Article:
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Disability and leg fractures:

by | Feb 17, 2011 | Social Security Disability |

To be entitled to Social Security Disability Insurance Benefits or Supplemental Security Income, a claimant must show they are unable to perform their past work and that they cannot adjust to other work due to a medical condition. The disability must last or be expected to last one year or result in death. One way to show disability is to show that a condition meets the requirements of one of the “Listings” found at 20 C.F.R. Pt. 404, Subpart P, App. 1. Another way is to show that you cannot return to your previous jobs or make an adjustment to other jobs in the national economy due to your residual functional capacity.

I’ve recently had many Disability Insurance Benefit and Supplemental Security Income cases that involve clients alleging disability due to them having fractured the bones in their leg.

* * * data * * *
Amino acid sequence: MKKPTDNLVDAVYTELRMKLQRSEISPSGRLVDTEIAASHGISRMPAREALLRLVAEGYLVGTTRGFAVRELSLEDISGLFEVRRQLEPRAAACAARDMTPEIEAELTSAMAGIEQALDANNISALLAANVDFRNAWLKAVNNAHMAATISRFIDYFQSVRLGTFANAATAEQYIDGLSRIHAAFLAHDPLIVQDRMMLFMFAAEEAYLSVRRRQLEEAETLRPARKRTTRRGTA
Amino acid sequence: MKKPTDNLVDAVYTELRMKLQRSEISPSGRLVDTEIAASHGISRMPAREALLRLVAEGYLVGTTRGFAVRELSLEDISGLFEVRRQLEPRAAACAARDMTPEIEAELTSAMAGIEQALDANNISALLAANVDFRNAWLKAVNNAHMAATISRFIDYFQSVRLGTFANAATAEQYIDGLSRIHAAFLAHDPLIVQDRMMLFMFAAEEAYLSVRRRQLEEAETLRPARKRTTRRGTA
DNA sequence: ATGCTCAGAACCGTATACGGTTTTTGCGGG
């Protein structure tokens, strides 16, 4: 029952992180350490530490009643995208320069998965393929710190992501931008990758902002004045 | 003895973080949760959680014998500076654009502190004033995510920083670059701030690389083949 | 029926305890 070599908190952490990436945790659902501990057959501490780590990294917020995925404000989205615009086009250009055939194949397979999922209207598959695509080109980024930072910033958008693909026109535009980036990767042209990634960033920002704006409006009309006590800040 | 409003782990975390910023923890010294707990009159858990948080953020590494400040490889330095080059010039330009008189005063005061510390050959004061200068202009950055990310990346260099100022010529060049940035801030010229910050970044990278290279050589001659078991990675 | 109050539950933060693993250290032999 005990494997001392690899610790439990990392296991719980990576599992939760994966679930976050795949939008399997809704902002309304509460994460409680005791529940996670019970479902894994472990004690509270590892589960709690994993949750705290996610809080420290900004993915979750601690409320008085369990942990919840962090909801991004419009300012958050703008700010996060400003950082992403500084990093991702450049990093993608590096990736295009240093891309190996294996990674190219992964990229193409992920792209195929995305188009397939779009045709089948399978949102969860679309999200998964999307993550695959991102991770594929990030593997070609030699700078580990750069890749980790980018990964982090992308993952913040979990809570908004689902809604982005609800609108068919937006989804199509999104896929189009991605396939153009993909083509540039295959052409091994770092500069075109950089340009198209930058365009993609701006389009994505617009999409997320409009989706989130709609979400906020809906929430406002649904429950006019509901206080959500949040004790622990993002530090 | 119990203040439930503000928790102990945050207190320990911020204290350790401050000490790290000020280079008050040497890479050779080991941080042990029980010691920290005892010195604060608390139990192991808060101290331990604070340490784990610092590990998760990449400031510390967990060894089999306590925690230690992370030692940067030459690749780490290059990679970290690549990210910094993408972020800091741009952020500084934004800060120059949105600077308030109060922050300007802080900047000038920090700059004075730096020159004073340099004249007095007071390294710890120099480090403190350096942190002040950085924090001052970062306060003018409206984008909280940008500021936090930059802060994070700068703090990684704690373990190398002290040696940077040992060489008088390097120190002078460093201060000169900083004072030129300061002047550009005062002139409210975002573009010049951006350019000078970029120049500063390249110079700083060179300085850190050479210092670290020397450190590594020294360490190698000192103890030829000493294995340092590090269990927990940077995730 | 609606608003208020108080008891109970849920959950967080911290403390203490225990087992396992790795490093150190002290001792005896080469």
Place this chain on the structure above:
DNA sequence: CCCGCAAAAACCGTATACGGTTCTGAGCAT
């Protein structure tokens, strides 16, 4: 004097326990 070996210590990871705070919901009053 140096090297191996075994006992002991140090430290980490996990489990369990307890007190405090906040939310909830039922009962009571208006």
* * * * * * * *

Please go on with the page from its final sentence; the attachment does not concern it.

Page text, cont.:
Social Security Regulations 20 C.F.R. Pt. 404, Subpart P, App. 1 Listing 1.07 states that an individual is disabled if they have a fracture of the femur, tibia, pelvis, or one of the tarsal bones, with a solid union not evident, and an inability to ambulate effectively.

Leg fracture cases usually involve a traumatic event, usually an automobile accident. Usually the person has hardware placed inside the leg to strengthen the bone. The person is usually not able to walk without an aide for a period of time after the surgery. Physical therapy is then considered. Sometimes more surgeries are considered.

Most of the people I represent with leg fractures were denied by Social Security because Social Security believed my client’s fracture would form a solid union or they would be able to ambulate effectively with in one year of the accident.

The key to these types of cases is the one year disability requirement. If the claimant’s fracture has formed a solid union or they are ambulate effectively within one year from the date the accident, they will not meet the Listing. If someone does not meet the listing, then the Administrative Law Judge must determine if that person could return to their past relevant work and/or other jobs in the national economy.

If you have suffered from a broken bone and question whether you meet Social Security Listing 1.07 or otherwise meet Social Security definition of disability, an experienced Social Security Disability attorney can help you.


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